Buffalo Soldiers Review

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On an American army base in West Germany at the time of the fall of the Berlin Wall, Ray Elwood is making a killing refining incoming heroin for the base's drug dealers, until the unbendable Sergeant Lee arrives to bring the troops in line.


After two-and-a-half years of mysteriously going awol, Australian director Gregor Jordan's military satire finally yomps onto the big screen. Set firmly in the tradition of MAS*H and Catch 22, Buffalo Soldiers is a deliriously dark, caustic romp, which gleefully depicts the American army as venal, corrupt, incompetent and stupid. And that's just for starters.

How on earth this is going to play in the United States remains to be seen. At its Sundance premiere, one enraged patriot lobbed a bottle at the screen, though, like a smart bomb, it went awry and hit an old gentleman in Row 3 on the head. They obviously didn't get the joke then, because Buffalo Soldiers is one of the sharpest, hippest, funniest films of the year so far.

Essentially Bilko meets Trainspotting, Jordan's second film (falling between Heath Ledger vehicles Two Hands and Ned Kelly) features a troika of vigorous performances. The always reliable Ed Harris takes the role of loveable but inept Battalion Commander Wallage Berman, a myopic officer more interested in establishing his genealogical connection to a war hero with the appealing monicker 'The Iron Boar', while Scott Glenn is a terrifying picture of grinning, self-righteous sadism as hard-ass Sgt Robert Lee. But it's Joaquin Phoenix, rapidly becoming one of cinema's most versatile and likeable actors, who manages to defuse a little of the bleakness as Ray, the battalion secretary who appropriates most of the supplies for himself and spends his spare time providing pharmacological R&R for the bored GIs. Think Radar O'Reilly with added heroin.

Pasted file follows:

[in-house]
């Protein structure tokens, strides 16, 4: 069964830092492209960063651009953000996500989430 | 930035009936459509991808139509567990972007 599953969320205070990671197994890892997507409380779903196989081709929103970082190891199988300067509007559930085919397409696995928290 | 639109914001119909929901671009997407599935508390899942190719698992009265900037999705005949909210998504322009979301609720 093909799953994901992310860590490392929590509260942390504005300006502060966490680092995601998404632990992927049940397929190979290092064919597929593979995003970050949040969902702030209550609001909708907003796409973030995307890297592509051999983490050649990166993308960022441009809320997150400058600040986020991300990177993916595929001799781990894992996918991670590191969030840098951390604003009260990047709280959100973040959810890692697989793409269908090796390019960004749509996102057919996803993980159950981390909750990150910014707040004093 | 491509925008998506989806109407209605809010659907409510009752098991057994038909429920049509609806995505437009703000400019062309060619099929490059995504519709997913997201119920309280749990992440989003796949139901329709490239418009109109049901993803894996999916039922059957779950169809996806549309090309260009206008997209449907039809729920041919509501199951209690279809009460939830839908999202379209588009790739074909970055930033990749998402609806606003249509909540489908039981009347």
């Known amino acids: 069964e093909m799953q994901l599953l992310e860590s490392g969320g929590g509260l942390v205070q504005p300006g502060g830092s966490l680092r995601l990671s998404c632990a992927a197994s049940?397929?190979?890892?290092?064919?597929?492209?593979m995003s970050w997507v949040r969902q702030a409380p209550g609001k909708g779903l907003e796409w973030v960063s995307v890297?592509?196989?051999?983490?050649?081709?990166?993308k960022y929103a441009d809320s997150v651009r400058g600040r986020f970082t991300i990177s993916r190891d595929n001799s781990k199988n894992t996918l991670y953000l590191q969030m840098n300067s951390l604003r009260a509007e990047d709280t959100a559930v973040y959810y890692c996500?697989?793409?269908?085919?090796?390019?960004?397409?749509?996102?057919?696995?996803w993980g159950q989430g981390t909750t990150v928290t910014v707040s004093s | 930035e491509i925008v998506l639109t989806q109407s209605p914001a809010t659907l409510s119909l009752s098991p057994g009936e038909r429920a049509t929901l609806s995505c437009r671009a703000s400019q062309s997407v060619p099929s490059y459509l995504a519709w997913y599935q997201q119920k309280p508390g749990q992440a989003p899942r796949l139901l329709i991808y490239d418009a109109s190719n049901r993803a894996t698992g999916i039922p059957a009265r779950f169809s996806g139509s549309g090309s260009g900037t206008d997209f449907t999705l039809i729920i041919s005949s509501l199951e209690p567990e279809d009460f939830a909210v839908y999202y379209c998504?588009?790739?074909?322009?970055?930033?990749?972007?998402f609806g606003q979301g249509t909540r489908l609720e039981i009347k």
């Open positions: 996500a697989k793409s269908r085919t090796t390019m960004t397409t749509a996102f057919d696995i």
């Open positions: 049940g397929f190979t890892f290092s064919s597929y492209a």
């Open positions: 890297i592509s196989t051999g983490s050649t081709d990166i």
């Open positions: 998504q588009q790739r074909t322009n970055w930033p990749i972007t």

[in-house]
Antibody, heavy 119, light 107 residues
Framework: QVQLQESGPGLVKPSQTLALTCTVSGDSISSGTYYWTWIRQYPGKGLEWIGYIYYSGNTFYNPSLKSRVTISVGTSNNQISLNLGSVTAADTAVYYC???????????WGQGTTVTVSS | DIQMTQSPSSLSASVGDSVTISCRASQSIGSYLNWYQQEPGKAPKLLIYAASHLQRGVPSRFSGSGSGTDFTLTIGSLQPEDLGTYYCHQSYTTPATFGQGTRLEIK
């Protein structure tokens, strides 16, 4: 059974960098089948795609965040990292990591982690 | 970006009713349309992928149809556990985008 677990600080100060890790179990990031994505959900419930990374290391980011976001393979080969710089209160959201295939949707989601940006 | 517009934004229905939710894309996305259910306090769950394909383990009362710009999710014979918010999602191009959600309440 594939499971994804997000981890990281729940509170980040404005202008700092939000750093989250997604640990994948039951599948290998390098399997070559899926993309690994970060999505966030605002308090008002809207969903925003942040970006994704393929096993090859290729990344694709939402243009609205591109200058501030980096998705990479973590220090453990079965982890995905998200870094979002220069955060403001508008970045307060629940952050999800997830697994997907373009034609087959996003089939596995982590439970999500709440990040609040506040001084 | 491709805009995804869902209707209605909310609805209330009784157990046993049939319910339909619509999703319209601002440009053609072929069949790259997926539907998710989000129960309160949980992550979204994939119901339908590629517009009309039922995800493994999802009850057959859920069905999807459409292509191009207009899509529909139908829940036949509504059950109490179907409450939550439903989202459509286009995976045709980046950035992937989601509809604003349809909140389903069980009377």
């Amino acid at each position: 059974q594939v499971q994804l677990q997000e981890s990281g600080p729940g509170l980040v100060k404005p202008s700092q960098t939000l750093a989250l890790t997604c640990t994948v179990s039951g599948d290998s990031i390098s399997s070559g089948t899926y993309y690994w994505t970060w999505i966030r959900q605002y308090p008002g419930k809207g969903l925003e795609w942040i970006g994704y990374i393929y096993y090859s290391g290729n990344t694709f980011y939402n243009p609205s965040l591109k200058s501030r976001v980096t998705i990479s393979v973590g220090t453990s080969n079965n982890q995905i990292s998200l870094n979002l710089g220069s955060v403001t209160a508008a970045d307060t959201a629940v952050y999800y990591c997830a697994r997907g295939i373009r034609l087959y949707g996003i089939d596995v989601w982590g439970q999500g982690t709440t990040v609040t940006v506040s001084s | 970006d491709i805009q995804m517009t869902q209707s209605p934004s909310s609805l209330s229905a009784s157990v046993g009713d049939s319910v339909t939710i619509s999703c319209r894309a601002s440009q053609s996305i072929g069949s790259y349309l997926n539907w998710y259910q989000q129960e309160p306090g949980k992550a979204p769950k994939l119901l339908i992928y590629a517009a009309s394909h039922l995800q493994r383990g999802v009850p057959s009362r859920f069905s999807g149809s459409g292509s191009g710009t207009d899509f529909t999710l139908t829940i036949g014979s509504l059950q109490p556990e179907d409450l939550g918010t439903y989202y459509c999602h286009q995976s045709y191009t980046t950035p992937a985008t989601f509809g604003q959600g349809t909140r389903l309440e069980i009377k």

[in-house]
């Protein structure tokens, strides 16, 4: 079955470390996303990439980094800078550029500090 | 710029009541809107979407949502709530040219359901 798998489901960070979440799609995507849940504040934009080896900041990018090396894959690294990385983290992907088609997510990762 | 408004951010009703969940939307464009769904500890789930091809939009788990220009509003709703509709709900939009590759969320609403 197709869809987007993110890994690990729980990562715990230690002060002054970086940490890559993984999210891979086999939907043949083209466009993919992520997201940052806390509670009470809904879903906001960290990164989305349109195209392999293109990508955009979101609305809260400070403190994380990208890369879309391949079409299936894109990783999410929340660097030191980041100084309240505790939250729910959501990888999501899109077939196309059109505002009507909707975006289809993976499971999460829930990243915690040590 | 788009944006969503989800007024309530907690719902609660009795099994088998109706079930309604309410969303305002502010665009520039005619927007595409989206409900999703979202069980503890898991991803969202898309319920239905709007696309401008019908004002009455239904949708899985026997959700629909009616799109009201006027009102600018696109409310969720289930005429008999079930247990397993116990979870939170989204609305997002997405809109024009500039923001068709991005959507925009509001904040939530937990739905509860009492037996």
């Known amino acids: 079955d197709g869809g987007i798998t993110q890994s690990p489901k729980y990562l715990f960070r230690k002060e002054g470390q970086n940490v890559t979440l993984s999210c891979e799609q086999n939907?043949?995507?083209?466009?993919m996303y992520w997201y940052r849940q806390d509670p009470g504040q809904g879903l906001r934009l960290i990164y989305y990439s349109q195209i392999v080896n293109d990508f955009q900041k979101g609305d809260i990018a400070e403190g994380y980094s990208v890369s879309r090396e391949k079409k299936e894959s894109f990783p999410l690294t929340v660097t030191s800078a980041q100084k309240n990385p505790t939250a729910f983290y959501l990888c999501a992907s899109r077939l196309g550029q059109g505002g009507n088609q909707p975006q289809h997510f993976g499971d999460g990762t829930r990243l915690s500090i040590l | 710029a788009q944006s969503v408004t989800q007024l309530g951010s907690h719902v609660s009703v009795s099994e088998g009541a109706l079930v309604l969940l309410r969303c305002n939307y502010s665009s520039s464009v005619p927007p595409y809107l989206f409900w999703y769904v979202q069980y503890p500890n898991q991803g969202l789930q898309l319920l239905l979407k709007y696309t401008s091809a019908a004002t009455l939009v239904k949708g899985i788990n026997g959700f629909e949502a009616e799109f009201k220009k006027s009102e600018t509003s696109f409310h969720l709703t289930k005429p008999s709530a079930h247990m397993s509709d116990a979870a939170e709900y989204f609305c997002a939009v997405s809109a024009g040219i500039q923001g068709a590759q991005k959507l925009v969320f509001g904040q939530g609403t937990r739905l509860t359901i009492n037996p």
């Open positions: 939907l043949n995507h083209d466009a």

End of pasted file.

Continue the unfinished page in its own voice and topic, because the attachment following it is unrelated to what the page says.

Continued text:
Certainly there's the odd uncertain moment. The movie has difficulty switching gears between its lighter, almost sitcom-ish moments and the nihilistic orgy it becomes towards the end. And a few of the set pieces - such as a tank going out of control and ploughing through a German town - though entertaining, may be a little too 'John Landis' for some people's tastes. But despite these minor wobbles, Buffalo Soldiers remains a piece of glorious, provocative mischief.

Solid performances, fearless screenplay and efficient direction make this the must-see non-blockbuster of the summer.